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  • 8
    ISSN: 1573-6857
    Source: Springer Online Journal Archives 1860-2000
    Topics: Biology
    Notes: Abstract By means of the marker strain Va/Ba wild chromosomes O of Drosophila subobscura were extracted from eight natural populations situated on a north-south gradient from Sweden or Scotland to Tunesia. Lethal frequencies and viability effects of the wild chromosomes O were studied in homozygous and random heterozygous combinations. In accordance with results from other Drosophila species random heterozygotes were always more viable than homozygotes. The viability-determining polygene system proved, however, dominant to some degree. Geographic differences became apparent especially with respect to three different characteristics: (1) The lethal frequencies for chromosomes O from central populations are higher than for those from northern and southern marginal populations; (2) Mean viabilities of non-lethal homozygotes and random heterozygotes are lower for central than for marginal populations; (3) The increase of viability through heterozygosity is more pronounced in the northern populations than in the others. The differences are thought to be mainly due to differences in the adaptation strategy of marginal and central populations. The viability fitness components seem of more importance for the marginal populations while fertility components may be of greater weight under central conditions. The geographic variability of the viability polygene system is finally compared with that of other genetic traits in D. subobscura.
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  • 9
    ISSN: 1573-6857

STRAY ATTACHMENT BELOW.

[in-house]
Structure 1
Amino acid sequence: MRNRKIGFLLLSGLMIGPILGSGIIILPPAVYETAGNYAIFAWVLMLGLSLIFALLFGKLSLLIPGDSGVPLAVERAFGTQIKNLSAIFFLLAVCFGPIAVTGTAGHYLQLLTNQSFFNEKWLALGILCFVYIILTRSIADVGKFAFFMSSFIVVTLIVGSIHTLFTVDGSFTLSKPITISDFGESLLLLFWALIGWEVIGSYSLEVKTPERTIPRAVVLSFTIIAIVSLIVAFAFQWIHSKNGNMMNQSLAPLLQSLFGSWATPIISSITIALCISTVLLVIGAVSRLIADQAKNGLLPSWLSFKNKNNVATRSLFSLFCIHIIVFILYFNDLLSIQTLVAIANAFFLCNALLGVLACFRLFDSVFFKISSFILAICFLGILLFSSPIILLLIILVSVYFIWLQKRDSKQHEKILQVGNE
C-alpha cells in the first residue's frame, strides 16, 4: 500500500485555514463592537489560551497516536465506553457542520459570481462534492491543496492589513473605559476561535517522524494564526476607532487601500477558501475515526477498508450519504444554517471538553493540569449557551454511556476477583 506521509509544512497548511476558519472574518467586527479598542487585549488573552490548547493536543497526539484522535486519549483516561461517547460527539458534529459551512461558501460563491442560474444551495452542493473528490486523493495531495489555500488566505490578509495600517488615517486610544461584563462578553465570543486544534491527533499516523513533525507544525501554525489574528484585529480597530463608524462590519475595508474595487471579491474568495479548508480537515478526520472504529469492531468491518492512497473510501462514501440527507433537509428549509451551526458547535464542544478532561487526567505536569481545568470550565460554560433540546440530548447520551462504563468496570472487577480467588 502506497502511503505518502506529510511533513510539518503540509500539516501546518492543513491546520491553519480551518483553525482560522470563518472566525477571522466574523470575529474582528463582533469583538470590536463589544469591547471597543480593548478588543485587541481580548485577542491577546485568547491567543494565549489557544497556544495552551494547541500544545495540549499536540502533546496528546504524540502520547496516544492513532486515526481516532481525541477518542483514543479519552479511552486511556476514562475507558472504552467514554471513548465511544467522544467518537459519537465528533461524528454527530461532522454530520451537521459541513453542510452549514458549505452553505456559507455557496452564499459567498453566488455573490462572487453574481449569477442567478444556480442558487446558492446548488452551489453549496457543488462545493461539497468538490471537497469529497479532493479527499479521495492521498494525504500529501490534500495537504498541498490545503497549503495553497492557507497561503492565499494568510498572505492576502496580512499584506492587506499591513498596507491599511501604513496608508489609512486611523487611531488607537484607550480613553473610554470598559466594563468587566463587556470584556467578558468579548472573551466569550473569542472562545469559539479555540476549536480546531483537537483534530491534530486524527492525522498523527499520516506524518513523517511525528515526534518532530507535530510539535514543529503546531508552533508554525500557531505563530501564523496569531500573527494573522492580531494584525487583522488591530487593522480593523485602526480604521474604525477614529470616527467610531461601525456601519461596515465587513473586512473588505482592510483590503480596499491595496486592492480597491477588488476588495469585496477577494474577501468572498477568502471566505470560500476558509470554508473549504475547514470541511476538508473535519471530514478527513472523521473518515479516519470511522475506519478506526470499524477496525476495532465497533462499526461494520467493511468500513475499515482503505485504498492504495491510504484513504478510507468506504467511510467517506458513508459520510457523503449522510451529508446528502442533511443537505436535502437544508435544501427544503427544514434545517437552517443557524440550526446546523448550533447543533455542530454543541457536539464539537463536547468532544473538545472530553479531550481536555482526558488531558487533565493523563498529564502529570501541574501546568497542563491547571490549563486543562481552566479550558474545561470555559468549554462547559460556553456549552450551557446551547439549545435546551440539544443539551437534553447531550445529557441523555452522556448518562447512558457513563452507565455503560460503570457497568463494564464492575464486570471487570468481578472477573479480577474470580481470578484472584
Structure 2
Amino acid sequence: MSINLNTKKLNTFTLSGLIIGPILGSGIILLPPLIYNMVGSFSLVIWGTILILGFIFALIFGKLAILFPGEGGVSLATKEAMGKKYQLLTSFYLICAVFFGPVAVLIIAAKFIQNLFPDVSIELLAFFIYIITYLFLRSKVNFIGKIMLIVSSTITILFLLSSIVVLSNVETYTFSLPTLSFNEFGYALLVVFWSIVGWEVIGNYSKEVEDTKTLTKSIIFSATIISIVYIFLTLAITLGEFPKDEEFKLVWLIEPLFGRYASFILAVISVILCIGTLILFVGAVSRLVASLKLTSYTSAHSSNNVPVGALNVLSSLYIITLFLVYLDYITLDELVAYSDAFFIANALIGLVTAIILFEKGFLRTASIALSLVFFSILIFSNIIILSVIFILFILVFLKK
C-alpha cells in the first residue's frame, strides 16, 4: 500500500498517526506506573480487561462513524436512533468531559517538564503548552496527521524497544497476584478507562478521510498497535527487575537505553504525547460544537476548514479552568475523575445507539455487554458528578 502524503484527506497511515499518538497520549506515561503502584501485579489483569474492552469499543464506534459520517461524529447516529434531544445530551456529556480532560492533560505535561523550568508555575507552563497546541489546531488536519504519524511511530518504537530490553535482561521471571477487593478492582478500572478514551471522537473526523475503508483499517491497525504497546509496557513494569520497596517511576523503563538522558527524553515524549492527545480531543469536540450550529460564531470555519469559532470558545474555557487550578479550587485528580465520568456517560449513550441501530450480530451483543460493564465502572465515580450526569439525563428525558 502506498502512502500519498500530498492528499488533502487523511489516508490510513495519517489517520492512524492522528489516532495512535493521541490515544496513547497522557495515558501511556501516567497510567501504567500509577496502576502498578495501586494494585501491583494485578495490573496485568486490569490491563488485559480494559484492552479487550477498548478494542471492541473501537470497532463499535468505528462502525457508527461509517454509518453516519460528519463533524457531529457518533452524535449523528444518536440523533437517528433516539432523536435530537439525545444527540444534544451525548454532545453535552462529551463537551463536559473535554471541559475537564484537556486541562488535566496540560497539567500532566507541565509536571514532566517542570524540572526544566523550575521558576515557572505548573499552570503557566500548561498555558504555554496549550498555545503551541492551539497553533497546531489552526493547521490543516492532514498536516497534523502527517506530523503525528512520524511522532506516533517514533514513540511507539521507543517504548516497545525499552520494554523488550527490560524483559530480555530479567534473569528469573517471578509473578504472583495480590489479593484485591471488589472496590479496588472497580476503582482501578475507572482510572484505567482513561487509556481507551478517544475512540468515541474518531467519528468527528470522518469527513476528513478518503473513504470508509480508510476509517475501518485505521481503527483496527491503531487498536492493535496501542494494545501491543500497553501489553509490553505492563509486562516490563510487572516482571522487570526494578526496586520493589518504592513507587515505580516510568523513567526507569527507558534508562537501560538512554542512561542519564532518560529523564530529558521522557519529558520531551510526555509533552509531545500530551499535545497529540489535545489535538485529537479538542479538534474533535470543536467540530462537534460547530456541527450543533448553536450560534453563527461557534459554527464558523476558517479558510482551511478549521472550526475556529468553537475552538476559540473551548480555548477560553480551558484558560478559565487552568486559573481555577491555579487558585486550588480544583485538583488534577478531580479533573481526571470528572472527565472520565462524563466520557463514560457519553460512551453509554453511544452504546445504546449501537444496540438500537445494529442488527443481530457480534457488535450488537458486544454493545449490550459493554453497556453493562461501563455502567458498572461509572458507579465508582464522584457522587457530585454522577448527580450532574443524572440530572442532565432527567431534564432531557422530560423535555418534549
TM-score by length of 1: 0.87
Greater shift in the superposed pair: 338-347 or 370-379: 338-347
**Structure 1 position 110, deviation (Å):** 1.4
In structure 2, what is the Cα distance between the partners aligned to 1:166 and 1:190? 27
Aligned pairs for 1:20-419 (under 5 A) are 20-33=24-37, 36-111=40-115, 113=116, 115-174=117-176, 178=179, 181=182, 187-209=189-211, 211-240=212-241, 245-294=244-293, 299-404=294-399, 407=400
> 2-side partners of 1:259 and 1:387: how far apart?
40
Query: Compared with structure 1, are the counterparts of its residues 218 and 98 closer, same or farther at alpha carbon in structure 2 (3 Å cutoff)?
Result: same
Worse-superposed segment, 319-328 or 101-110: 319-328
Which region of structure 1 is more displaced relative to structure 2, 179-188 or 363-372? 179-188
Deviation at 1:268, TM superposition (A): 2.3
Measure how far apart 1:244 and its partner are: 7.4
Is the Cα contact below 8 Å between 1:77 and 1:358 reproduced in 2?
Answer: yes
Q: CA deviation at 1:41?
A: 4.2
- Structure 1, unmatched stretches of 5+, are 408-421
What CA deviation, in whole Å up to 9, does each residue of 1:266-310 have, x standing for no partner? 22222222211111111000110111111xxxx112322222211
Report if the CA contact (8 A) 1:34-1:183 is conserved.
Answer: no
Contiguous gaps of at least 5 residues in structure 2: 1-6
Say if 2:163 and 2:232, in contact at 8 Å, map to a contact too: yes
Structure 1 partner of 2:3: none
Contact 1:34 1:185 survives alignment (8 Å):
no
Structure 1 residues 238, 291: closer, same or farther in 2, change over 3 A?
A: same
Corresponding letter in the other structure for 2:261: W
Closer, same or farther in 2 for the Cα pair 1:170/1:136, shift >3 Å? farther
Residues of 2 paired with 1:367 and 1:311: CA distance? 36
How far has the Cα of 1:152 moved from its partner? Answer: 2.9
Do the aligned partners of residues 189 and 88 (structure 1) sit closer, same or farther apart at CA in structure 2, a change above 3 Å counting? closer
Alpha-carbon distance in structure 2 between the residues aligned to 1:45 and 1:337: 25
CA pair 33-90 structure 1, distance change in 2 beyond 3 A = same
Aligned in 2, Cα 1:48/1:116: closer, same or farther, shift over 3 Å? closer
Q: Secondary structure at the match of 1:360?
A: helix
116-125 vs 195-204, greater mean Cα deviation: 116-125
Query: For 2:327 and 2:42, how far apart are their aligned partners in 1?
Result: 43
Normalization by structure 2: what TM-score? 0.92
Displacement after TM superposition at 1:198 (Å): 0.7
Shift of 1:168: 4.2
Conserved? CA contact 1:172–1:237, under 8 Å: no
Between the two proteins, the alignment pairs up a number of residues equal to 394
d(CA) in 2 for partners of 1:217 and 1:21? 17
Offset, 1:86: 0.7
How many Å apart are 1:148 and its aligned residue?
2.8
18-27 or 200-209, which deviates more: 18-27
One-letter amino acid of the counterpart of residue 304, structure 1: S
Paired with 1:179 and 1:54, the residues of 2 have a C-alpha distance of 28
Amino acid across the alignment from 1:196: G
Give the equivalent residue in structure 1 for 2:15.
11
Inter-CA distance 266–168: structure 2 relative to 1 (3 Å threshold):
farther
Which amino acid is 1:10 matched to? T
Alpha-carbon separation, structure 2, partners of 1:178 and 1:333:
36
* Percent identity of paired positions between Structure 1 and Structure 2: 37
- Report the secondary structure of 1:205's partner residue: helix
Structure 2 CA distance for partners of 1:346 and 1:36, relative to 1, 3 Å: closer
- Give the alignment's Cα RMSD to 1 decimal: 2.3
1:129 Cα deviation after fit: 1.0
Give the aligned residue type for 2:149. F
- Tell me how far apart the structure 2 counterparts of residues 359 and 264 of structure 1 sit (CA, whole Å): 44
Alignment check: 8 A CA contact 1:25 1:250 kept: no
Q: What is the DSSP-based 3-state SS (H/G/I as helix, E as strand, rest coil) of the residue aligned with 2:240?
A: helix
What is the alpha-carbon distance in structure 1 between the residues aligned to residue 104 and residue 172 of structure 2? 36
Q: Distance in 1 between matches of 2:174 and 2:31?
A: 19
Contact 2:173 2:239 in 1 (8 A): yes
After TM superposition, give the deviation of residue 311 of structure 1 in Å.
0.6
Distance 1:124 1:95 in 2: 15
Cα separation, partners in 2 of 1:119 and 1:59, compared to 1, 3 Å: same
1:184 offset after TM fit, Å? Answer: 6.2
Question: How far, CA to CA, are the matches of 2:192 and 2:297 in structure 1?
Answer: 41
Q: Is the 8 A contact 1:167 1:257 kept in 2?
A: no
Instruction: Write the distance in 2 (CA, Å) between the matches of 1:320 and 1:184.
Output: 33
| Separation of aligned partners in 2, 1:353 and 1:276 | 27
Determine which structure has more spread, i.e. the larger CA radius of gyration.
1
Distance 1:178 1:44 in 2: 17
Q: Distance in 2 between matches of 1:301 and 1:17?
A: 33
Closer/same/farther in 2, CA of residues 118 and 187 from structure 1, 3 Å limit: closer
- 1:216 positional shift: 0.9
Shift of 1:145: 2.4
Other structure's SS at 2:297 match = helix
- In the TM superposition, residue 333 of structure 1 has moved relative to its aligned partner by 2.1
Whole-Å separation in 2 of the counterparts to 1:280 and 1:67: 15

Source: Springer Online Journal Archives 1860-2000
    Topics: Biology
    Notes: Abstract Enzyme loci, visible marker genes and λ-cloned DNA-sequences from a D. miranda library were mapped cytologically on the chromosome elements C and E of D. pseudoobscura and D. subobscura. New data are incorporated into the linkage maps of the two species. Homologous segments can now be localized in the polytene chromosomes with these markers. A comparison of the chromosome elements E of D. melanogaster and D. subobscura shows 12 conserved subsections which have been rearranged by paracentric inversions in the evolution of the two lineages.
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  • 10
    ISSN: 1573-6857
    Source: Springer Online Journal Archives 1860-2000
    Topics: Biology
    Notes: Abstract A highly repetitive satellite DNA sequence from the genome ofDrosophila tristis with a length of 181 bp has been cloned in the pUC plasmid. The sequence hybridizes to the telomeres of all chromosomes but the Y ofD. tristis and produces a ladderlike hybridization pattern with filterbound genomic DNA ofD. tristis digested with Eco RI or Pst I with the hybridization bands at fragment lengths in multiples of 181 bp. A similar pattern is found when the genomic DNA comes fromD. ambigua or, though less clear, fromD. microlabis. Additional bands appear in the zones of high fragment lengths, too. InD. obscura andD. kitumensis, however, the 181 bp sequence is found in fragments with a length of a few kb only. The 181 bp sequence is tandemly arranged in the genome ofD. tristis and has a copy number of about 82,000 per haploid genome (i.e. 10 per cent of the total DNA). A sequence comparison among four independently cloned copies of the family fromD. tristis and another homologous sequence fromD. obscura, found by chance, shows a one to six per cent variation in basepair composition. However, low divergence (only one per cent) between two copies ofD. tristis and between the one ofD. obscura and one ofD. tristis was observed, and high divergence (six per cent) between these two pairs. This is discussed and explained as the evolutionary consequence of an existing homogenization process by unequal crossing over.